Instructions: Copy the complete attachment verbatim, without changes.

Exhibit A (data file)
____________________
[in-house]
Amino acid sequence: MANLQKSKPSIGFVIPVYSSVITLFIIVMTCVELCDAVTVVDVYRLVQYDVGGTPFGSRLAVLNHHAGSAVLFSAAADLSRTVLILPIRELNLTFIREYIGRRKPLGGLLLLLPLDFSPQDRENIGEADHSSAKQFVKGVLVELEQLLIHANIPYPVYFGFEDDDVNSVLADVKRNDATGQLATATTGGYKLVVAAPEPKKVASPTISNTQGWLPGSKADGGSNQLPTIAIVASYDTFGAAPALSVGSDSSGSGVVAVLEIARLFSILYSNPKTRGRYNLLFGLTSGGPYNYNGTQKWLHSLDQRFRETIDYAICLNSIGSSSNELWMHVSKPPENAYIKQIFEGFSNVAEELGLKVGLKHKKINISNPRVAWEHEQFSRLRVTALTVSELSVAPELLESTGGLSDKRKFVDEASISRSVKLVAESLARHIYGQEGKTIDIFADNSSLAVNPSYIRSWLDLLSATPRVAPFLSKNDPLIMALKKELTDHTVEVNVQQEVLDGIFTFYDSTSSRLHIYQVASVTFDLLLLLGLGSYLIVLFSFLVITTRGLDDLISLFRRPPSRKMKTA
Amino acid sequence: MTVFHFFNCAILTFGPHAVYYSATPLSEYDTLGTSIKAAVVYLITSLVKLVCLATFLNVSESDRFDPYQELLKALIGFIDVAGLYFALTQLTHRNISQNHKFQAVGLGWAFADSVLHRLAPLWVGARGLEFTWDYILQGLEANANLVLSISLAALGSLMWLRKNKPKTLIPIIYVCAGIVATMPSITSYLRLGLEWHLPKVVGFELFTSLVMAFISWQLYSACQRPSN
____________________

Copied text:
[in-house]
Amino acid sequence: MANLQKSKPSIGFVIPVYSSVITLFIIVMTCVELCDAVTVVDVYRLVQYDVGGTPFGSRLAVLNHHAGSAVLFSAAADLSRTVLILPIRELNLTFIREYIGRRKPLGGLLLLLPLDFSPQDRENIGEADHSSAKQFVKGVLVELEQLLIHANIPYPVYFGFEDDDVNSVLADVKRNDATGQLATATTGGYKLVVAAPEPKKVASPTISNTQGWLPGSKADGGSNQLPTIAIVASYDTFGAAPALSVGSDSSGSGVVAVLEIARLFSILYSNPKTRGRYNLLFGLTSGGPYNYNGTQKWLHSLDQRFRETIDYAICLNSIGSSSNELWMHVSKPPENAYIKQIFEGFSNVAEELGLKVGLKHKKINISNPRVAWEHEQFSRLRVTALTVSELSVAPELLESTGGLSDKRKFVDEASISRSVKLVAESLARHIYGQEGKTIDIFADNSSLAVNPSYIRSWLDLLSATPRVAPFLSKNDPLIMALKKELTDHTVEVNVQQEVLDGIFTFYDSTSSRLHIYQVASVTFDLLLLLGLGSYLIVLFSFLVITTRGLDDLISLFRRPPSRKMKTA
Amino acid sequence: MTVFHFFNCAILTFGPHAVYYSATPLSEYDTLGTSIKAAVVYLITSLVKLVCLATFLNVSESDRFDPYQELLKALIGFIDVAGLYFALTQLTHRNISQNHKFQAVGLGWAFADSVLHRLAPLWVGARGLEFTWDYILQGLEANANLVLSISLAALGSLMWLRKNKPKTLIPIIYVCAGIVATMPSITSYLRLGLEWHLPKVVGFELFTSLVMAFISWQLYSACQRPSN